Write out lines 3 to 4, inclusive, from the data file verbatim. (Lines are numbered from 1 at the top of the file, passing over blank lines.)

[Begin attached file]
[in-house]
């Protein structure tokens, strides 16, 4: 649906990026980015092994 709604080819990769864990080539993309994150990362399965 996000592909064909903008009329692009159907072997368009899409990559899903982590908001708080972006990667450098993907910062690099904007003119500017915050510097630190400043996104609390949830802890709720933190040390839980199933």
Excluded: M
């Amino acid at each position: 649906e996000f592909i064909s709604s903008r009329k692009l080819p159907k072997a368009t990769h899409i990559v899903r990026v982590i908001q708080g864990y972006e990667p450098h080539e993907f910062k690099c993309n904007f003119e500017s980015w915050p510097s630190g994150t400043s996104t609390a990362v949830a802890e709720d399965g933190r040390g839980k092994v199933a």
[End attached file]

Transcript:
Excluded: M
């Amino acid at each position: 649906e996000f592909i064909s709604s903008r009329k692009l080819p159907k072997a368009t990769h899409i990559v899903r990026v982590i908001q708080g864990y972006e990667p450098h080539e993907f910062k690099c993309n904007f003119e500017s980015w915050p510097s630190g994150t400043s996104t609390a990362v949830a802890e709720d399965g933190r040390g839980k092994v199933a």